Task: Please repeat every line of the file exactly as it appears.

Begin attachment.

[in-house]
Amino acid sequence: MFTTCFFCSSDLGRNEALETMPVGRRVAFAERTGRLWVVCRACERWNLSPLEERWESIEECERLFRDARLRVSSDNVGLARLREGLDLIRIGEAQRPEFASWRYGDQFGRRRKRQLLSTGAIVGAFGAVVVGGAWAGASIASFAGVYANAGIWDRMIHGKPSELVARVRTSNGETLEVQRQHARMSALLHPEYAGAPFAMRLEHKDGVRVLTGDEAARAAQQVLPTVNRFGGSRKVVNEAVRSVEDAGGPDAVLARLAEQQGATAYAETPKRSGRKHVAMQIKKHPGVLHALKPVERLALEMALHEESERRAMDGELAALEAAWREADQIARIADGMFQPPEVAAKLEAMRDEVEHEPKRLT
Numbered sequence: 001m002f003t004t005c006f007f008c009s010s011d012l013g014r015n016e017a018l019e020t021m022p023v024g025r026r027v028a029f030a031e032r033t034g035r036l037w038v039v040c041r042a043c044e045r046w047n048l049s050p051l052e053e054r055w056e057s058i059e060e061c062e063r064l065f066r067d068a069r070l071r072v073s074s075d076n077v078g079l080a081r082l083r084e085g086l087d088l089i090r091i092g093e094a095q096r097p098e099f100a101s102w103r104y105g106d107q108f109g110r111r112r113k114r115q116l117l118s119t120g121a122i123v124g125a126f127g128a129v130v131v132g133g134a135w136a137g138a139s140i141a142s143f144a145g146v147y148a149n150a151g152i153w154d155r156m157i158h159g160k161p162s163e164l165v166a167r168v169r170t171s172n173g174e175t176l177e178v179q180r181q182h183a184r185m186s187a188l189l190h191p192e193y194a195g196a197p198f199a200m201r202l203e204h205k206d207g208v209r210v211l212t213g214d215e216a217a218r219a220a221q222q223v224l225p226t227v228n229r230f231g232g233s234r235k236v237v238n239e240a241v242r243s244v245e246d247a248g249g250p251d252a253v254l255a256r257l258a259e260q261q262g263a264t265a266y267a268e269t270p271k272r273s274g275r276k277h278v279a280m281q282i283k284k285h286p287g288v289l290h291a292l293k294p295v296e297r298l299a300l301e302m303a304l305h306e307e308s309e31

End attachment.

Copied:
[in-house]
Amino acid sequence: MFTTCFFCSSDLGRNEALETMPVGRRVAFAERTGRLWVVCRACERWNLSPLEERWESIEECERLFRDARLRVSSDNVGLARLREGLDLIRIGEAQRPEFASWRYGDQFGRRRKRQLLSTGAIVGAFGAVVVGGAWAGASIASFAGVYANAGIWDRMIHGKPSELVARVRTSNGETLEVQRQHARMSALLHPEYAGAPFAMRLEHKDGVRVLTGDEAARAAQQVLPTVNRFGGSRKVVNEAVRSVEDAGGPDAVLARLAEQQGATAYAETPKRSGRKHVAMQIKKHPGVLHALKPVERLALEMALHEESERRAMDGELAALEAAWREADQIARIADGMFQPPEVAAKLEAMRDEVEHEPKRLT
Numbered sequence: 001m002f003t004t005c006f007f008c009s010s011d012l013g014r015n016e017a018l019e020t021m022p023v024g025r026r027v028a029f030a031e032r033t034g035r036l037w038v039v040c041r042a043c044e045r046w047n048l049s050p051l052e053e054r055w056e057s058i059e060e061c062e063r064l065f066r067d068a069r070l071r072v073s074s075d076n077v078g079l080a081r082l083r084e085g086l087d088l089i090r091i092g093e094a095q096r097p098e099f100a101s102w103r104y105g106d107q108f109g110r111r112r113k114r115q116l117l118s119t120g121a122i123v124g125a126f127g128a129v130v131v132g133g134a135w136a137g138a139s140i141a142s143f144a145g146v147y148a149n150a151g152i153w154d155r156m157i158h159g160k161p162s163e164l165v166a167r168v169r170t171s172n173g174e175t176l177e178v179q180r181q182h183a184r185m186s187a188l189l190h191p192e193y194a195g196a197p198f199a200m201r202l203e204h205k206d207g208v209r210v211l212t213g214d215e216a217a218r219a220a221q222q223v224l225p226t227v228n229r230f231g232g233s234r235k236v237v238n239e240a241v242r243s244v245e246d247a248g249g250p251d252a253v254l255a256r257l258a259e260q261q262g263a264t265a266y267a268e269t270p271k272r273s274g275r276k277h278v279a280m281q282i283k284k285h286p287g288v289l290h291a292l293k294p295v296e297r298l299a300l301e302m303a304l305h306e307e308s309e31